A historic referendum on the Czech Republic's accession to the European Union has endorsed EU membership. According to a final result published by the Czech Statistical Office 77 percent of voters cast ballots in support of EU entry, 23 percent voted against. The turnout was 55 percent. Support for EU membership reportedly came from all strata of society and from all political parties.
Prime Minister Vladimir Spidla has described this as an excellent result and thanked Czechs for their participation in the country's first ever referendum. He said that the result gave the government, which has a narrow one-vote majority in the Lower House, a strengthened mandate to enact key reforms needed for the eventual adoption of the euro. Foreign Minister Cyril Svoboda said the outcome was a success for all Czech citizens. Although no minimum turnout was required, a fairly strong turnout was important for the ruling coalition which has spent 200 million crowns on a campaign promoting EU membership. Joining the European Union has been the country's main foreign policy goal since the fall of communism in 1989.
The European Commission also thanked the Czech electorate for voting "yes". "The Czech Republic takes the place it was always entitled to" said the Commission's chief representative in Prague Mr. Ramiro Cibrian. Congratulations have come from the EU Commissioner for expansion Mr. Gunter Verheugen, from Greece which currently holds the rotating EU presidency and from representatives of the European Parliament.
Both EU members and EU candidates have congratulated the Czech Republic on making "the right decision" and "putting faith in the future of the European Union". A message from the French minister for European Affairs Noelle Lenoir welcomed Czechs in the EU and said that the return of the Czech Republic to Europe was excellent news for all. In Vienna, Foreign Minister Benita Ferrero Waldner welcomed Czechs to the EU with a few sentences in Czech.
The Czech Republic is one of ten predominantly former communist states set to join the European Union next May in a "big bang" eastward expansion. Voters in Poland, Malta, Slovenia, Hungary, Lithuania and Slovakia have already approved accession in national referenda. Estonia and Latvia are to vote in September
Prime Minister Vladimir Spidla has said he will resign from office if a proposed budget reform fails to get approval from Parliament. In an interview for the daily Pravo, Mr. Spidla said that the need for reform was so pressing that if the ruling coalition failed to win approval for its proposal it would be necessary to give someone else a chance to succeed. "Reform is an absolute necessity for the Czech Republic and it must be implemented by this government -or another- as quickly and efficiently as possible" the Prime Minister told the paper. The government's proposal for budget reform has elicited strong protests from trade unions, who claim that the main burden would lie on the socially weaker groups of the population.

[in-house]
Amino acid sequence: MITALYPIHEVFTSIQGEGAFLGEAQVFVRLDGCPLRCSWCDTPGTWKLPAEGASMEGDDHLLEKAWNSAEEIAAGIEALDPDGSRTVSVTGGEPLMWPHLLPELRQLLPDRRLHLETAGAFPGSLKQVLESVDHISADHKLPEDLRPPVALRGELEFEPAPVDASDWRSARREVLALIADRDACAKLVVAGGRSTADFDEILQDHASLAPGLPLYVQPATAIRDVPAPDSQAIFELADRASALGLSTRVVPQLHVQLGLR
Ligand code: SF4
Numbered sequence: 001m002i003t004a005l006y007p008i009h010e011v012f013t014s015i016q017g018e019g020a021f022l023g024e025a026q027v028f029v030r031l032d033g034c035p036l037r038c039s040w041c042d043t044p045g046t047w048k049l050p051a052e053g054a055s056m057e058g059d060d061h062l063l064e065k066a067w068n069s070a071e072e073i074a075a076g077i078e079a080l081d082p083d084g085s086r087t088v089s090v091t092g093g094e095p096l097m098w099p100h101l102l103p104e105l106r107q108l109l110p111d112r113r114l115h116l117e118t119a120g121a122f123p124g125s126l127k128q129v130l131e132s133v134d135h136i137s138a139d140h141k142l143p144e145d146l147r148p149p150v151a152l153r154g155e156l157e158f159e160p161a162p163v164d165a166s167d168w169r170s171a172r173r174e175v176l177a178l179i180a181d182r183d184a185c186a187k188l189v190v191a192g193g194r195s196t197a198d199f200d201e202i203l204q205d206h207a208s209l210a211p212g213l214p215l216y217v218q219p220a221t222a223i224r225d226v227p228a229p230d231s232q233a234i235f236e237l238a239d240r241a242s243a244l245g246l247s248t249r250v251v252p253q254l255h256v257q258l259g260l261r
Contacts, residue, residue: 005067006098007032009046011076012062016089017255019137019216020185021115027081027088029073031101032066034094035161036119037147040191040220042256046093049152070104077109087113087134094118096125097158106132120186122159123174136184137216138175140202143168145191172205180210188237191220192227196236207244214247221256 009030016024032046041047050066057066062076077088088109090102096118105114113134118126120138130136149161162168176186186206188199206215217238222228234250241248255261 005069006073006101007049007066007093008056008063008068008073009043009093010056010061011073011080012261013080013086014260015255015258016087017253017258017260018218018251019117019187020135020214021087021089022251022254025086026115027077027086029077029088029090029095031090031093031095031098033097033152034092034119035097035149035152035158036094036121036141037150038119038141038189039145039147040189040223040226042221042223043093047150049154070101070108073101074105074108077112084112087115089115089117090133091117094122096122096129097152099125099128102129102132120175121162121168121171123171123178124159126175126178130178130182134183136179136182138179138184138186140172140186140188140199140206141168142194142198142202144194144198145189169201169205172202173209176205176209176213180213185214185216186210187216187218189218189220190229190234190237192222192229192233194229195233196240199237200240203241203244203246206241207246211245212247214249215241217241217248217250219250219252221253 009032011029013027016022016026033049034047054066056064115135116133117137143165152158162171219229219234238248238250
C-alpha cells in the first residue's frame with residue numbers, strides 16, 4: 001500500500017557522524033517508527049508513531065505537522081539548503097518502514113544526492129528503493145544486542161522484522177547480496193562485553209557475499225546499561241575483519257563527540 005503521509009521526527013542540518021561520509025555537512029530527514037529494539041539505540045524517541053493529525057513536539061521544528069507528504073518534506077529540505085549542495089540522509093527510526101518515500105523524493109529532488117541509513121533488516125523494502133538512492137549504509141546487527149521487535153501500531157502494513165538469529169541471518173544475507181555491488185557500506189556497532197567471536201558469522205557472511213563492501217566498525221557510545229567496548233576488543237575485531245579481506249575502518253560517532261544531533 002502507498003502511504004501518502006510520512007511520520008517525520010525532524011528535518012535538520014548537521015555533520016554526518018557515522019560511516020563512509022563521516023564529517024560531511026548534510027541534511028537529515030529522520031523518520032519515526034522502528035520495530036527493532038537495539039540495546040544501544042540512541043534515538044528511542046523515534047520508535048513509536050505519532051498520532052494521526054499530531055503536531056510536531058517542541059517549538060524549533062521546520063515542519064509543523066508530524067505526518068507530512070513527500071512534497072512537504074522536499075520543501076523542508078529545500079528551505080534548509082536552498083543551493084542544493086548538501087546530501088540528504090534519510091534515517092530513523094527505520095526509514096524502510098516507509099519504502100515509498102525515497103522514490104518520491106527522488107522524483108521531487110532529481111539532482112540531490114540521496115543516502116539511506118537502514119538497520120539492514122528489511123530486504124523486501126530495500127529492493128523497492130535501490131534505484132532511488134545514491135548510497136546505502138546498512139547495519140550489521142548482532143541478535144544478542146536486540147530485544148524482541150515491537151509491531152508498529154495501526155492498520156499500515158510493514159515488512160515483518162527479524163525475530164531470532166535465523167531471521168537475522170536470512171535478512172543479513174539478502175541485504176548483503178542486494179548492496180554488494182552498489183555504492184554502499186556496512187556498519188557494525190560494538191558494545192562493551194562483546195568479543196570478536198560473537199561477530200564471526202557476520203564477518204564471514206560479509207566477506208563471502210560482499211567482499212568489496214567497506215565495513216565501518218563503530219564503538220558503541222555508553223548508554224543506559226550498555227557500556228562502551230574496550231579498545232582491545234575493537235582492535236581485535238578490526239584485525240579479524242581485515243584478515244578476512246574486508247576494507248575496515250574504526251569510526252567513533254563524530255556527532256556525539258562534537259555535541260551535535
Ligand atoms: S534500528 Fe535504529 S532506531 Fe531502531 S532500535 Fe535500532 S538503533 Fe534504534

Czech Airlines pilots have agreed to continue flying charter flights even if a planned strike goes into effect next Tuesday. Following weeks of controversy with Czech Airlines management over higher wages and improved contracts most of the national carrier's 350 pilots say they will join a planned strike starting next Tuesday afternoon. Following a crisis meeting on Friday, the pilots union said that since they did not want to complicate matters for vacationers pilots would continue flying irregular charter flights. Three such flights are set for the first day of the strike alone. On a regular day, Czech Airlines have an average 160 flights, transporting 10,000 travelers to destinations around the globe. A strike would cost the airlines an estimated 30 million crowns per day.
Sunday is expected to be partly cloudy, with scattered showers and day temperatures between 24 and 28 degrees Celsius.
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